Researchers peering into Earth’s interior found two continent-sized structures that upend our picture of the mantle. What could their existence mean for us back on Earth’s surface?
Collaboration Reveals What’s Beneath the Surface
How do scientists look underground? Answering questions about Earth’s interior requires an attack from many angles.
Regional Metamorphism Occurs Before Continents Collide
Evidence from collision zones suggests that the high temperatures that create regional zones of metamorphic minerals occur in wide, hot back arcs prior to continental collision deformation.
Yoshio Fukao Receives 2018 Inge Lehmann Medal
Yoshio Fukao was awarded the 2018 Inge Lehmann Medal at the AGU Fall Meeting Honors Ceremony, held on 12 December 2018 in Washington, D. C. The medal is for “contributions to the understanding of the structure, composition, and dynamics of the Earth’s mantle and core.”
Taking Magnetotelluric Data out of the Drawer
Magnetic and electric field measurements at Earth’s surface provide information on Earth’s interior and on space weather. An open-source central repository of these data has received a major update.
Deng and Maguire Receive 2018 Study of the Earth’s Deep Interior Award for Graduate Research
Jie Deng and Ross Maguire will receive the 2018 Study of the Earth’s Deep Interior Award for Graduate Research at AGU’s Fall Meeting 2018, to be held 10–14 December in Washington, D. C. This award is given annually for advances that contribute to the understanding of the deep interior of the Earth or other planetary bodies using a broad range of observational, experimental, and/or theoretical approaches.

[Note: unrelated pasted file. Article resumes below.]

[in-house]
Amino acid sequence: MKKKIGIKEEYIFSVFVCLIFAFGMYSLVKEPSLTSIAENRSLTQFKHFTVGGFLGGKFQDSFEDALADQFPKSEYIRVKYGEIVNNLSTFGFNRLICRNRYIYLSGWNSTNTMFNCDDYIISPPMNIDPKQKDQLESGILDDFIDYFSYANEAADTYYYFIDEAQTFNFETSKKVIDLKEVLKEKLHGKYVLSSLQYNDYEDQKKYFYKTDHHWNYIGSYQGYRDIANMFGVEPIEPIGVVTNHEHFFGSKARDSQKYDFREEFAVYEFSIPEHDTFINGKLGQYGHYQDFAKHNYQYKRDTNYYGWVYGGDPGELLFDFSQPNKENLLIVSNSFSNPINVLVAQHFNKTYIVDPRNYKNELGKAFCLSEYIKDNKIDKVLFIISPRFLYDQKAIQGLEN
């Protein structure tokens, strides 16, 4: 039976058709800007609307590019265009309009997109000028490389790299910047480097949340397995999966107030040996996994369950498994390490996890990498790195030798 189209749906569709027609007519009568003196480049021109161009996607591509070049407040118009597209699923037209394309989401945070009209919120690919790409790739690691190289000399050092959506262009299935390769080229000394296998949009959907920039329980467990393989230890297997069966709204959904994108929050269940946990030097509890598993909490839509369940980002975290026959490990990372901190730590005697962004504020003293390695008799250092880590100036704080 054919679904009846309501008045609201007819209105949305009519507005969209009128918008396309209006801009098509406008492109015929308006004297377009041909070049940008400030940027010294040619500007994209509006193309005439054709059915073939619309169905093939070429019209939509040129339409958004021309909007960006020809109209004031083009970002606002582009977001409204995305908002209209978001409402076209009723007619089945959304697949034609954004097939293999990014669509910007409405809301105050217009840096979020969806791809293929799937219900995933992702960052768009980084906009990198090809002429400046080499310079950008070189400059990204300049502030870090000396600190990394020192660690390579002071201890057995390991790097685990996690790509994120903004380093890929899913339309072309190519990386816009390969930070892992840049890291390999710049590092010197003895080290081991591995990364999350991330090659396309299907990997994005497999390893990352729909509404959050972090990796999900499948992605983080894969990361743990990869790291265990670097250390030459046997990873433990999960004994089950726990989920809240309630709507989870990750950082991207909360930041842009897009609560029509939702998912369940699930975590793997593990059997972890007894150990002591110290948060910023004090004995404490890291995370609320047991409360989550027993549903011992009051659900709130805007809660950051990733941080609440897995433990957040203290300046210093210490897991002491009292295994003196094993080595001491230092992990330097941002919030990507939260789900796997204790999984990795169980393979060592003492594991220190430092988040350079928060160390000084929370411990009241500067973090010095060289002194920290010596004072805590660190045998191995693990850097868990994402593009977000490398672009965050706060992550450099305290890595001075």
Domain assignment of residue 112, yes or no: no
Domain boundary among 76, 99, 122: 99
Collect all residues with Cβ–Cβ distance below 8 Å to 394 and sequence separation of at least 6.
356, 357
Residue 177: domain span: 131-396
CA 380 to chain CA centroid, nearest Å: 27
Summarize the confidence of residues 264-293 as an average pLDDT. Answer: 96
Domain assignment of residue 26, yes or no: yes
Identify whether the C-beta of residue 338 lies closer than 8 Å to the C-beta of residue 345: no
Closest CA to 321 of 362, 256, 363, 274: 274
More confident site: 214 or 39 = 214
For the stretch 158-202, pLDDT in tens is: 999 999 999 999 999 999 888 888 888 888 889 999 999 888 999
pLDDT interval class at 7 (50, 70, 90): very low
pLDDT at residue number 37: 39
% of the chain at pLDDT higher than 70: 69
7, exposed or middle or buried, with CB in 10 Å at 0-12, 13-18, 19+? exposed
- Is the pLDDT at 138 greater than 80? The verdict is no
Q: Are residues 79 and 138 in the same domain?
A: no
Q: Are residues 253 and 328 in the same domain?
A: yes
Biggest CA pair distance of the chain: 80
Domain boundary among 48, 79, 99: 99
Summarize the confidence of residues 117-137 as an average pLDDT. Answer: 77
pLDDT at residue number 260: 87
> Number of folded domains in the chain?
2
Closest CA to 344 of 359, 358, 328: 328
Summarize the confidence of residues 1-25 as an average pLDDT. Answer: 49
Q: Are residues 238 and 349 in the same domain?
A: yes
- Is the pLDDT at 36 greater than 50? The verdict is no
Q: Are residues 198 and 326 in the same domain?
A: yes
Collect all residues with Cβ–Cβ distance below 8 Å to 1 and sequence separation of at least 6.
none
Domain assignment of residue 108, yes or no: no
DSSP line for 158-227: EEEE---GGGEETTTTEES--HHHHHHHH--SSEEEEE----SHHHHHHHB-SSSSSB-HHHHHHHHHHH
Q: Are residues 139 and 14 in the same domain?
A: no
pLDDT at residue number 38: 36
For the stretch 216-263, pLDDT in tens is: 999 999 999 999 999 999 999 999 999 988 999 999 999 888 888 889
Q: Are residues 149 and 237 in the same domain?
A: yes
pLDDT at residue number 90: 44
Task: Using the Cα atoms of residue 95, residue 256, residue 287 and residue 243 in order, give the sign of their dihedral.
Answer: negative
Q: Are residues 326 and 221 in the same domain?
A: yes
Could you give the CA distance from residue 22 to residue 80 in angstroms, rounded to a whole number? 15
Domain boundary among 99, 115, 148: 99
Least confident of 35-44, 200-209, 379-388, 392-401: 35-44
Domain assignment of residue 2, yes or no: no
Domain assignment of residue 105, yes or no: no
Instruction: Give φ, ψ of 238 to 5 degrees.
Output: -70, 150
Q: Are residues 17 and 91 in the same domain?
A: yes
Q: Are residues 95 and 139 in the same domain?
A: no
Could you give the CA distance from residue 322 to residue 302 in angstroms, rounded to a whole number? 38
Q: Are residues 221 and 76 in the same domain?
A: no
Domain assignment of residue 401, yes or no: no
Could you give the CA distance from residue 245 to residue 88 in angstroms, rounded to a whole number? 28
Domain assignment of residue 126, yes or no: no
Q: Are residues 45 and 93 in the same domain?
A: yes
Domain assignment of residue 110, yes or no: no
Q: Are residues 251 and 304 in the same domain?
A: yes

Understanding Electrical Signals from Below Earth’s Surface
A new version of a free Web application (SIGMELTS 2.0) helps Earth scientists interpret electrical anomalies in Earth’s crust and mantle and track the sources of earthquakes and volcanic eruptions.
Carbonate Melting Enhances Mantle CO2 Fluxes in Old Ocean Basins
The amount of CO2 segregated from the mantle by carbonate melting beneath old oceanic crust may equal that emitted along the mid-ocean ridge system, thereby contributing to the global carbon cycle.
Linking Mantle Plumes to Volcanoes and Hot Spot Tracks
Study bolsters hypothesis that volcanoes on China’s Hainan Island were formed by a hot spot.
Harry W. Green II (1940–2017)
By keenly probing mantle rheology, interactions of deformations and phase transitions, and microscopic features, he made major contributions to petrology, mineralogy, and earthquake science.